Heinrich Biber: Man of Mysteries
Saturday, August 12, 2006 at 05:27AM
Stephen Brookes

August 12, 2006
biber.jpgBorn today in 1644:  the unconventional composer Heinrich Ignaz Franz von Biber, whose works are so complex, idiosyncratic and wildly inventive that he's sometimes compared with Charles Ives.

Biber's best known for his "Mystery Sonatas" for violin, which date from about 1670. Hunt them down and feast; with their unconventional scordatura tuning and relentless spiritual intensity, they've become practically the object of cult worship . Rachel Barton Pine played the glorious Passacaglia for solo violin (a set of 65 variations on a baroque ground base) at her recital here at the National Gallery of Art in March.  Aside from being a tour-de-force of violin technique -- with more virtuoso passagework, complex double- and triple-stopping and springing bowings than you could shake a bow at -- this was music of pure scorching radiance and power.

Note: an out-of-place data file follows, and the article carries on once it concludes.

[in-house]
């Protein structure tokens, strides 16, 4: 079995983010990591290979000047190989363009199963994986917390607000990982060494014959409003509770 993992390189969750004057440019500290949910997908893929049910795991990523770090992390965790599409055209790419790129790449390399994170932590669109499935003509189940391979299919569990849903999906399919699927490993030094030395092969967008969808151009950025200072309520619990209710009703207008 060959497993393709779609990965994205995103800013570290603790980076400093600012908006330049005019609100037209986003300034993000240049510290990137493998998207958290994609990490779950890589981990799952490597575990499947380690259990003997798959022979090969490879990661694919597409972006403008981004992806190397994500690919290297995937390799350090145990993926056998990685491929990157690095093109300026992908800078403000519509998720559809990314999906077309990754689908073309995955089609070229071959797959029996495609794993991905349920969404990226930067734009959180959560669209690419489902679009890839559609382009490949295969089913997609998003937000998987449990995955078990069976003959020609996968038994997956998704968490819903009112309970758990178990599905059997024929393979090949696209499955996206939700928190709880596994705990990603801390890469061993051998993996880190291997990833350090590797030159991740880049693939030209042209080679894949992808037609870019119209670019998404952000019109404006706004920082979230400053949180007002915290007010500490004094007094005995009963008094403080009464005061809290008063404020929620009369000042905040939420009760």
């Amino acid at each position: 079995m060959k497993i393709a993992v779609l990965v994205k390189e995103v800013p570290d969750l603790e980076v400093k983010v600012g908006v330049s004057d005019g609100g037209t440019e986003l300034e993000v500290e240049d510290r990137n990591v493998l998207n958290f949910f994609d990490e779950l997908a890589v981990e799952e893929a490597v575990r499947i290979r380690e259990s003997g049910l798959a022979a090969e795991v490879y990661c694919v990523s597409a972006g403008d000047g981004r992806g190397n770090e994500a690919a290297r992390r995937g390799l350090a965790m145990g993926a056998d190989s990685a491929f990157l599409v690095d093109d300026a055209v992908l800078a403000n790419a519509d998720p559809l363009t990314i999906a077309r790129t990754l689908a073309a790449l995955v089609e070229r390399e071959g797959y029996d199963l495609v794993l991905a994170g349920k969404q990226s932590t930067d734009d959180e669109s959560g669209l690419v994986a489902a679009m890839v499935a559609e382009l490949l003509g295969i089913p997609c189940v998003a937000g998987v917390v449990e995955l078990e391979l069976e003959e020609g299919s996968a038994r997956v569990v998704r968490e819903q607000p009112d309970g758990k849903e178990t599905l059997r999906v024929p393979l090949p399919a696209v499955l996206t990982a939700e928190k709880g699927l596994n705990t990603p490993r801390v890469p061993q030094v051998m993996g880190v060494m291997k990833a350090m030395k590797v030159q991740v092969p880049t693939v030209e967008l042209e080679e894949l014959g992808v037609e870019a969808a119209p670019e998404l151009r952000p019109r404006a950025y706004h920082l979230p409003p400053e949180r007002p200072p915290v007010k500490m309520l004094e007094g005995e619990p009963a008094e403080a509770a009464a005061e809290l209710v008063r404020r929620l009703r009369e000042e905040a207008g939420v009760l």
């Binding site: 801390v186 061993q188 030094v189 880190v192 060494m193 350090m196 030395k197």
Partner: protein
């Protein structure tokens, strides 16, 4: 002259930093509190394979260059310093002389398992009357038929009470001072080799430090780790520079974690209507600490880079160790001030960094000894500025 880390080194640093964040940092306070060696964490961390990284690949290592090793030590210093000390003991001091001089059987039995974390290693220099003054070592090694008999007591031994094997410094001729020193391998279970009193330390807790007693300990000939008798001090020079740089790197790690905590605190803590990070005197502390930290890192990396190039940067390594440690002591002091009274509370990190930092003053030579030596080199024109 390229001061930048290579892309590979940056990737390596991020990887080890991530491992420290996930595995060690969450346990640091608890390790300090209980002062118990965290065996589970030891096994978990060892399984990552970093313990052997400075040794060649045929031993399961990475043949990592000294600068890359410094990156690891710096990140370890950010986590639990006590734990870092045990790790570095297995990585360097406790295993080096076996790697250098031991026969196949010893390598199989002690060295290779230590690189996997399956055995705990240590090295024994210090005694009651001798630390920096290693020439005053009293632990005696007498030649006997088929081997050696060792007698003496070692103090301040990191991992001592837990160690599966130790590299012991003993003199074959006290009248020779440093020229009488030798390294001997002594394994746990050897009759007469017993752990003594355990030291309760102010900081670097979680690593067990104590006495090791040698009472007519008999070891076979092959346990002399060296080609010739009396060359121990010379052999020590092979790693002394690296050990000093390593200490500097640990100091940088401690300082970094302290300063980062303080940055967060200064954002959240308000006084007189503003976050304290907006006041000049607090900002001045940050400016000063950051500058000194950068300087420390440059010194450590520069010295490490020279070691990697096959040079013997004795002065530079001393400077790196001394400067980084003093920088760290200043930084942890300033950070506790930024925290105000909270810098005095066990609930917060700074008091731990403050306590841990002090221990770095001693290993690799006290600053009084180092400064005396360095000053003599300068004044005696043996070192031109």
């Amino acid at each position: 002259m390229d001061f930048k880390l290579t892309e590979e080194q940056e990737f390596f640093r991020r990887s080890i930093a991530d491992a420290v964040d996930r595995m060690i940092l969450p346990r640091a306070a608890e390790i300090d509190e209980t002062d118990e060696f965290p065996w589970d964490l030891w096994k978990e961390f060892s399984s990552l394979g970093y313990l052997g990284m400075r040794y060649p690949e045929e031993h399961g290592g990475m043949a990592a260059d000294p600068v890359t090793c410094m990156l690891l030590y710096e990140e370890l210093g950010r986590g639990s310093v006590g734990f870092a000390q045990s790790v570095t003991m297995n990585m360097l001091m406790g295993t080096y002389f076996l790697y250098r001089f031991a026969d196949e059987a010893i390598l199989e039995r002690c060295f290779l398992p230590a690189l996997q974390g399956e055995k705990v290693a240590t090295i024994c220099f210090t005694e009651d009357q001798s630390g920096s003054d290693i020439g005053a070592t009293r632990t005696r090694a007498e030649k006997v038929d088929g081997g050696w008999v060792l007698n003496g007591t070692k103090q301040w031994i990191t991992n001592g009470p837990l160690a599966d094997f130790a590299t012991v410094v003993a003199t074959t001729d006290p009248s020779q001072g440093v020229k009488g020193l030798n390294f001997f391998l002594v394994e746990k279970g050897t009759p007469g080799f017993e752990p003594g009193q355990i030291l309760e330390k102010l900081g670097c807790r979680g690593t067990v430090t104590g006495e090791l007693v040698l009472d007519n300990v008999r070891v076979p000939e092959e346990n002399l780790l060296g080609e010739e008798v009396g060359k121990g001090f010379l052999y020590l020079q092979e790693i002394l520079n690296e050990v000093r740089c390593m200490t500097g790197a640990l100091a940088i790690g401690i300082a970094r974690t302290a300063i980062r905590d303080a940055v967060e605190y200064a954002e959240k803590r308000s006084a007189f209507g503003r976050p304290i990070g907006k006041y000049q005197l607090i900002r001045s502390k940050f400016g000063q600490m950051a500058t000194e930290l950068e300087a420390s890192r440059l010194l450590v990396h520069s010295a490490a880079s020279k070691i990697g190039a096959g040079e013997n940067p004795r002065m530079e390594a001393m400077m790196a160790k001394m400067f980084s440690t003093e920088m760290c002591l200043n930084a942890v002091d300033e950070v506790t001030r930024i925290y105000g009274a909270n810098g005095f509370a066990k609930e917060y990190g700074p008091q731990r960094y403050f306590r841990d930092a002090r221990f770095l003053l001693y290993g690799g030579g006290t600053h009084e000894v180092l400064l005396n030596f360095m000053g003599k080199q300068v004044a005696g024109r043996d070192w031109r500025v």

Musicologist and Biber specialist  James Clements has a good essay  on the violin works, with some more general information on the composer here. Downloadable scores of much of Biber's music (including the Passacaglia) are available here.


Article originally appeared on stephen brookes (http://www.stephenbrookes.com/).
See website for complete article licensing information.